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Wallach, Chapter 1, "The Cuisines of Contact"
- Note from intro: think about what's at stake for a Pilgrim in choosing what to eat or not eat. "humourial eating" -- food affects character.
- Thanksgiving 1621
- [By the way, who plans to arrive on Cape Cod in November from a three month journey without a lot of food?]
- Thanksgiving, 1621, "Puritans" and Wampanoag Indians. Description of Mayflower diet and transit. ship's biscuits, scurvy.
- Pilgrims steal Indian corn, claiming it was sent by God, but also repaying the Indians later.
- 40 of 102 voyagers died the first winter.
- Encounter with Tisquantum. (His story also told in "1491".) 5: Indian planting methods "three sisters", fish fertilizer
- 6: There was actually a feast in 1621, with a partial account surviving. 90 Native Americans.
- Thanksgiving meals were ordinary rituals, not annual commemorations. Really, thanks to god, not the Native Americans. Not clear how much these were intercultural events in general.
- "Thanksgiving" doesn't become a national holiday until the late 19th century, and even then not explicitly connected to Pilgrim event until a few years later. Later used to promote assimilation 7. (Food/identity) Traditional foods of Thanksgiving shaped in Victorian period.
- 1636 war with Pequot might was food related. Horrible. 7-8 might have been part "famine war".
- Thesis at p. 10 read. Fantasy part is to think the colonist enjoyed their native feast. Likely not.
- Early Modern ideas of food and diet, corn
- Brits diet ideas: Galen rules until modern chemistry: four humours, food and character (11) diet and psychology together (which, given the microbiota research, isn't crazy). But crazy to think wine fortifies blood, eating an animal you take on its character. "Humoral eating" Fish reduces carnal desire. Don't eat too many rabbits or you'll scare easily!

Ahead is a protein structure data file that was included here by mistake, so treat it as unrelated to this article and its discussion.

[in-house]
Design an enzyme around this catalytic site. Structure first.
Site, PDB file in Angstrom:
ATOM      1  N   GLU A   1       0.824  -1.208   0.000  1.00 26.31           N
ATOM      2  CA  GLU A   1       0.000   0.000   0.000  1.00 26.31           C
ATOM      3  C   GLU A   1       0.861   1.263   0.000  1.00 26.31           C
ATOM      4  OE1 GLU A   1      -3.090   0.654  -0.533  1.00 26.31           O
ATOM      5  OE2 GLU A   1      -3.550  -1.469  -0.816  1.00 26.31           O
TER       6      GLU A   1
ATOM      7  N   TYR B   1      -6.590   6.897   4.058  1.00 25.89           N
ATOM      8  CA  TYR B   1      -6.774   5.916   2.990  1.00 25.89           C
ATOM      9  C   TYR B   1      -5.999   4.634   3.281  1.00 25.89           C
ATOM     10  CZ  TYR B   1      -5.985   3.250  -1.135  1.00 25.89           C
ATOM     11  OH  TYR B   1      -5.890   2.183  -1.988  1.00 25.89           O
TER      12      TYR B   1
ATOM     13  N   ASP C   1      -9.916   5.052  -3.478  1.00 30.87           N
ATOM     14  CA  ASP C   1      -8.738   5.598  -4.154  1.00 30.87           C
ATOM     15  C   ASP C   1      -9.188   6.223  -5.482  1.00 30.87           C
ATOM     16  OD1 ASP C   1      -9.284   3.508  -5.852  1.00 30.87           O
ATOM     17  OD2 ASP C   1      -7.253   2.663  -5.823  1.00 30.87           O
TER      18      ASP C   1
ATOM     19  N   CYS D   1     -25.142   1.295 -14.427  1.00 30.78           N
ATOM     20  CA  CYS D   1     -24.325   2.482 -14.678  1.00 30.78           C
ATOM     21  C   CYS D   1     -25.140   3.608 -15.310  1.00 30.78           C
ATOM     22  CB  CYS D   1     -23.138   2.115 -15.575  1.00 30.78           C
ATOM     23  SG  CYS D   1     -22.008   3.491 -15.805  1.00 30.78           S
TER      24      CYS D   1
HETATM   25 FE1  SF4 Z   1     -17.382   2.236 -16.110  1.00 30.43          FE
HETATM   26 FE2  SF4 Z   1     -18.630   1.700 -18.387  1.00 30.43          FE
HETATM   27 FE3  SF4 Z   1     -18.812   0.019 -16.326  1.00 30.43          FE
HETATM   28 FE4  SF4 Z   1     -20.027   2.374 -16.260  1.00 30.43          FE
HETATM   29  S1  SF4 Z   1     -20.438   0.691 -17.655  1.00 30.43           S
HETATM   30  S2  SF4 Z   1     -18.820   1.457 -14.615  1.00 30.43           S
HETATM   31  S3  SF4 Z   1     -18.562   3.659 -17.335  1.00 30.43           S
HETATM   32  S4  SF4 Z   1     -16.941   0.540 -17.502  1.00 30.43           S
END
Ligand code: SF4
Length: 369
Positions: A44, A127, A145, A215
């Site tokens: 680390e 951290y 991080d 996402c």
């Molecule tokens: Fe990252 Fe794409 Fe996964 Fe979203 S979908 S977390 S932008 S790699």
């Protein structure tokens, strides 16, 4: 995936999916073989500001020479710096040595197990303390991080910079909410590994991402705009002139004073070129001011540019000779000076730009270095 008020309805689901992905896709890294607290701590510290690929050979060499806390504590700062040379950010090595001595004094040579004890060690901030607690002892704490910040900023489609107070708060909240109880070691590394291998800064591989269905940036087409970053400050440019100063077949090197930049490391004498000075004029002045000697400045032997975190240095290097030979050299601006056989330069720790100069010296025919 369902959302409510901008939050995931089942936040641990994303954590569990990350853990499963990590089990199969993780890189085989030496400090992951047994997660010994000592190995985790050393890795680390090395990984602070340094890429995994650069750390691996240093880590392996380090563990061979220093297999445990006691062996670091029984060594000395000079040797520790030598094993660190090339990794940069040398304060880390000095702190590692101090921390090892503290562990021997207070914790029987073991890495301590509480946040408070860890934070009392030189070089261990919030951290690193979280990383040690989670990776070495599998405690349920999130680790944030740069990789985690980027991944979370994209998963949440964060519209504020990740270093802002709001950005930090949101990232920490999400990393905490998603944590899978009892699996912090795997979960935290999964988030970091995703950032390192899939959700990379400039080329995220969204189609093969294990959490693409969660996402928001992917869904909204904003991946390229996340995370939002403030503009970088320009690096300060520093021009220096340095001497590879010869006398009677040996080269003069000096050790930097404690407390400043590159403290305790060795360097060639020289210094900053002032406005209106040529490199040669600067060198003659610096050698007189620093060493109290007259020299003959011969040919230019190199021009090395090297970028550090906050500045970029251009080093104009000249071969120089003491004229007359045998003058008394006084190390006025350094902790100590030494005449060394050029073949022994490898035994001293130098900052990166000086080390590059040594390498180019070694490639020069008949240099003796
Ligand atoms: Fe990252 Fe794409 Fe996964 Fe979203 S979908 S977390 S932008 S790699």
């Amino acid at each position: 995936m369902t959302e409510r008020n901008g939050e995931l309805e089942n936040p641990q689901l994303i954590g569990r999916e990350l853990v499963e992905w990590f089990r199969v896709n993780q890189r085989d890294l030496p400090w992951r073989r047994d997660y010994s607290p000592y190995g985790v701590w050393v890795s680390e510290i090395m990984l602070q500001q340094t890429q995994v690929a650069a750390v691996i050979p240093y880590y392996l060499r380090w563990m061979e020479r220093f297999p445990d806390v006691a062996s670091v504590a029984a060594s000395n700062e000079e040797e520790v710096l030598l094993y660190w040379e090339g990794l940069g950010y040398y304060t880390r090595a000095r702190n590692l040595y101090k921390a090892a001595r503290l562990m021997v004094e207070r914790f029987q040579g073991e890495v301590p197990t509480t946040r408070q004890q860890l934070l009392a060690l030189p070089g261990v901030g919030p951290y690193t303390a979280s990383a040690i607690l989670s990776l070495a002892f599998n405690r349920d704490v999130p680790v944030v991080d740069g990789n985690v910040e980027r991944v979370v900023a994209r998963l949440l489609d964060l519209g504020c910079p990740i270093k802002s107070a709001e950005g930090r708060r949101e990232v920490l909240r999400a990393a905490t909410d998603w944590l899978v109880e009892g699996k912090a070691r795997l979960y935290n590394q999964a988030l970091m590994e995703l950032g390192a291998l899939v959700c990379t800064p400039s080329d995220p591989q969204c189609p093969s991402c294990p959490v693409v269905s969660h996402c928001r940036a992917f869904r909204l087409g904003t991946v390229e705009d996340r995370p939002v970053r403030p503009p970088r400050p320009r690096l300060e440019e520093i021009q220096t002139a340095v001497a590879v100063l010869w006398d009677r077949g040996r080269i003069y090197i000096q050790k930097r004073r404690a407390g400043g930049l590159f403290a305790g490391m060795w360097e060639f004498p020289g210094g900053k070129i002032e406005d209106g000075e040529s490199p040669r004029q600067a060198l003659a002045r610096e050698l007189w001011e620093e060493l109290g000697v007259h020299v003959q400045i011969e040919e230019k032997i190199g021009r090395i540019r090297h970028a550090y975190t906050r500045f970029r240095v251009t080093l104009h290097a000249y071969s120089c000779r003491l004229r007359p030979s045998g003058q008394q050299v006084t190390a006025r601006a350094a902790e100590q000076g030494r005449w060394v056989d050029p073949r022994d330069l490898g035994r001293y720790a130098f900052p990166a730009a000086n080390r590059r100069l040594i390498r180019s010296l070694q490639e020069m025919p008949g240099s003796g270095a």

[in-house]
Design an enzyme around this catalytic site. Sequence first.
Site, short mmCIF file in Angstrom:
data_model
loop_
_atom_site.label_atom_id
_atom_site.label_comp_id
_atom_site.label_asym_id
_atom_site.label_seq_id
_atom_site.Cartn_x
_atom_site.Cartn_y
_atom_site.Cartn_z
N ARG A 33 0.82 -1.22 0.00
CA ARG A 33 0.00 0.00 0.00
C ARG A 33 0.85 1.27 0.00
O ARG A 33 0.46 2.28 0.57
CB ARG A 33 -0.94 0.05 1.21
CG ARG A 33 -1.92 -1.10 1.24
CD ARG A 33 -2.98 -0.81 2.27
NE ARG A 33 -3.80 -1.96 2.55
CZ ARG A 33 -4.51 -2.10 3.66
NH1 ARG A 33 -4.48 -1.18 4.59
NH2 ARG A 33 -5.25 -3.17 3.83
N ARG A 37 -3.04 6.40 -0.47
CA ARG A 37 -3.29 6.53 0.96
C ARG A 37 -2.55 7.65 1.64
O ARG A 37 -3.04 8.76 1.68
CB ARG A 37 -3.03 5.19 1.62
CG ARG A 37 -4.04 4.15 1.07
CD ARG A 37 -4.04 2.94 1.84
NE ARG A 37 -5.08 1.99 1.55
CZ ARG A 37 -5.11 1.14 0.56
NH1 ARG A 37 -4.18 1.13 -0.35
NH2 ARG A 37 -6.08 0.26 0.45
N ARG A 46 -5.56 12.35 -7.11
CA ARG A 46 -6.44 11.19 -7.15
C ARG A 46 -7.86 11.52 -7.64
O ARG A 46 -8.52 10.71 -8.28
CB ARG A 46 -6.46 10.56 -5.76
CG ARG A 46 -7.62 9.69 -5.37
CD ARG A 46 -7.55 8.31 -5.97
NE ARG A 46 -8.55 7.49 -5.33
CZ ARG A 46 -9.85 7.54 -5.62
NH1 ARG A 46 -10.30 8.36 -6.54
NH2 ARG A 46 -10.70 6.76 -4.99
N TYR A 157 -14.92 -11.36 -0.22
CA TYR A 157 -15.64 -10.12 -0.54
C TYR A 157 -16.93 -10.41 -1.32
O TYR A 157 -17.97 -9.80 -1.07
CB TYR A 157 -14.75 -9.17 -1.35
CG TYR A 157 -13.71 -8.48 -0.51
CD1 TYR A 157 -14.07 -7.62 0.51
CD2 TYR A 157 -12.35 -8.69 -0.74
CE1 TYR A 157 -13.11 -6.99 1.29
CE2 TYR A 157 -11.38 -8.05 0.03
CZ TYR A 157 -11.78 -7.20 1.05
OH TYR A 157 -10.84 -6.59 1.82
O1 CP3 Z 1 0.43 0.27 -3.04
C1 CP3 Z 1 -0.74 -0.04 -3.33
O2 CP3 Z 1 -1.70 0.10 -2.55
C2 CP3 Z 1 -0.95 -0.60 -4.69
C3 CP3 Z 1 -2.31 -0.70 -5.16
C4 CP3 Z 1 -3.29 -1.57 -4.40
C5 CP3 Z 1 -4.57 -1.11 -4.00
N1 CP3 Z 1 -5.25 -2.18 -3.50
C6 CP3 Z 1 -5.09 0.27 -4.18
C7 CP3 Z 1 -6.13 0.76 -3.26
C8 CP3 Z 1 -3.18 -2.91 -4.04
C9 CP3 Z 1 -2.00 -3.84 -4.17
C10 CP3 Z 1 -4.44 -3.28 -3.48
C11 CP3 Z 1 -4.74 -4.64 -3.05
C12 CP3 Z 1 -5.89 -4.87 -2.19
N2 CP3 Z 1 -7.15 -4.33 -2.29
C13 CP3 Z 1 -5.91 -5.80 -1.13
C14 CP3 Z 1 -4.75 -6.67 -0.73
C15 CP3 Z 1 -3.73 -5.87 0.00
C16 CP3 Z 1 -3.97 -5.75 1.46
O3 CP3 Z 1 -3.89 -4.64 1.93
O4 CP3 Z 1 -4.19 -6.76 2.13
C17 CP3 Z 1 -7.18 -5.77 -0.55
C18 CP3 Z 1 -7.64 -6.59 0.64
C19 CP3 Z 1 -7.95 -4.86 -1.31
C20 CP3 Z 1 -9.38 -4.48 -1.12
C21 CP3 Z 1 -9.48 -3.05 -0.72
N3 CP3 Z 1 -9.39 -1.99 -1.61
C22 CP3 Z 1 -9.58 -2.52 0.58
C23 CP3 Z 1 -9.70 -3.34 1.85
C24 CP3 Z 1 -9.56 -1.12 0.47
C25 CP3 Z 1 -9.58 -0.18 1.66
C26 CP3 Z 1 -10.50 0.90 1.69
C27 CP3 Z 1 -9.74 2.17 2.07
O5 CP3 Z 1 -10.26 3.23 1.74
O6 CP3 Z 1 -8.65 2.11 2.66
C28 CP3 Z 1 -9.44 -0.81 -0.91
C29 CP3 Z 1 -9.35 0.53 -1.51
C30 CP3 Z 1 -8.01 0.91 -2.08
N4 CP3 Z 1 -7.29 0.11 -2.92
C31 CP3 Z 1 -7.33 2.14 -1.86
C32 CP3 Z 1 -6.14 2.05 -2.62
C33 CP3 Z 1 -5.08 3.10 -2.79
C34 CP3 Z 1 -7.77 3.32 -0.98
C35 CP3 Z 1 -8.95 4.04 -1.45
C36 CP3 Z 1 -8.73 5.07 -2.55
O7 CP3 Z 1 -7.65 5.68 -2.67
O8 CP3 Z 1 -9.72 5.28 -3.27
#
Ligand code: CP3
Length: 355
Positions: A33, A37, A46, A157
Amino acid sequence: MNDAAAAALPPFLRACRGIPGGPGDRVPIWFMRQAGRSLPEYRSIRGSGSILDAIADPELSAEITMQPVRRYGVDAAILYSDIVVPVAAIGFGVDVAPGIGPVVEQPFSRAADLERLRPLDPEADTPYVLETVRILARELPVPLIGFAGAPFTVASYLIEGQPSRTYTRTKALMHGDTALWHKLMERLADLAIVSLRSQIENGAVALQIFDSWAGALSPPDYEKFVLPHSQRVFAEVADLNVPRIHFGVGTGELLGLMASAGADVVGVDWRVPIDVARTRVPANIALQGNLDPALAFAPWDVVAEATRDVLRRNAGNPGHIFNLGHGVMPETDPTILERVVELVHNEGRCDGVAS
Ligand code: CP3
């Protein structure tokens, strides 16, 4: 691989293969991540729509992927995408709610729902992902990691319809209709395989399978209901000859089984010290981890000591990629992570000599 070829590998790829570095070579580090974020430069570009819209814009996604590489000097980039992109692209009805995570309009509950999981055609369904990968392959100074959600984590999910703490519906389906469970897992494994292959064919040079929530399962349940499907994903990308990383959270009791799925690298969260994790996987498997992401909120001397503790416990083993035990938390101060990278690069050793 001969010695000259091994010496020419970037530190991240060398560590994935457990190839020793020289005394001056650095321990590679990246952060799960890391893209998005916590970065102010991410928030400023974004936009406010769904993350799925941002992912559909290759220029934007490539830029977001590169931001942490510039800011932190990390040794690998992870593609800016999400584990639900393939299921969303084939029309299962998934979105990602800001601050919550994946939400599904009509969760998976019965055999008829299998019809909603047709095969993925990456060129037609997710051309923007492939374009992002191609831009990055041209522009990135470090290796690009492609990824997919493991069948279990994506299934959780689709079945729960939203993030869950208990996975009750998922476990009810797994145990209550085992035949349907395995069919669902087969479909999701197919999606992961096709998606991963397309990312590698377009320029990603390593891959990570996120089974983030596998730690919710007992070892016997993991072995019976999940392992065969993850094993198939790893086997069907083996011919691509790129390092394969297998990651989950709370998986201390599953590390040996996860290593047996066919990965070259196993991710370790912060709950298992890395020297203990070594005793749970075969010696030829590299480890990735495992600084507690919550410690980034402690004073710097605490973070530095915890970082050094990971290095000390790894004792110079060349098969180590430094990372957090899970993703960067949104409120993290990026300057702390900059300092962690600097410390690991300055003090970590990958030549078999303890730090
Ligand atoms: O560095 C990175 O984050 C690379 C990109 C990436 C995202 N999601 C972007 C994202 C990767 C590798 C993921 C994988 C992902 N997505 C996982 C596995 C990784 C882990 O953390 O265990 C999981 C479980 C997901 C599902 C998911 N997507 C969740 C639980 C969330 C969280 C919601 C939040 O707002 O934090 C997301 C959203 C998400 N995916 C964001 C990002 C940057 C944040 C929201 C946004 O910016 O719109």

- Note discussion at p. 12: Humble british diet pretty unappealing. Note class markers still present today: variety, high trophic eating (meat), fresh greens... Humble cuisines had pottages, stew pots...
- Pilgrims regarded Native diet as subhuman. Iroquois for corn "our life" "our mother" - read at p. 17: Pilgrims wary of choosing corn because of it's association with Indian identity, doubted its nutritious properties. wheat and fungus. not easily in early modern New England. Tried to "eat savage food in a civilized way" 18 Resistance to corn partly cultural. Disdain in sharing "culinary cosmos".
- Culinary Encounters at Jamestown 1607-09 (19)
- a commercial venture, near complex Indian confederations, Indians fed colonists, but colonists also raided villages and murdered Indians. Powhatan decides to stop helping, 1609 winter of starvation (and cannibalism) 22. native diet 23 -(read, it would be challenging), told from a captive's (Mary Rowlandson) report. 23 read. settlers had trouble foraging, seemed uncivilized. not used to lean times.
- Fasting and Feeding in the City on a Hill 1640s
- Following the Mayflower, the Massachusetts Bay Colony organized arrival of 16,000 by 1640s. "City on a Hill" saw morality of community related to food security. really a kind of theocracy. food pests, crop failures might be consequence of fornication. communal fasting. fasts more typical than feasts due to concern about gluttony 26: simplicity of Puritan diet in part a rejection of perceived upper class English gluttony. Note that Puritans had more extreme views about "virtuous/spiritual eating" than Pilgrims. (p. 27 - use of "humoral eating" theory to quell those desires and promote spiritual purity.) As Puritans became wealthier that incorporated large amounts of boiled meats into their diets. [In many ways, Barber's "1st plate" is a legacy of rich Puritans!]
- "The Puritans were remarkably ambivalent about food (cf. other food cultures). They were fearful of both abundance and scarcity.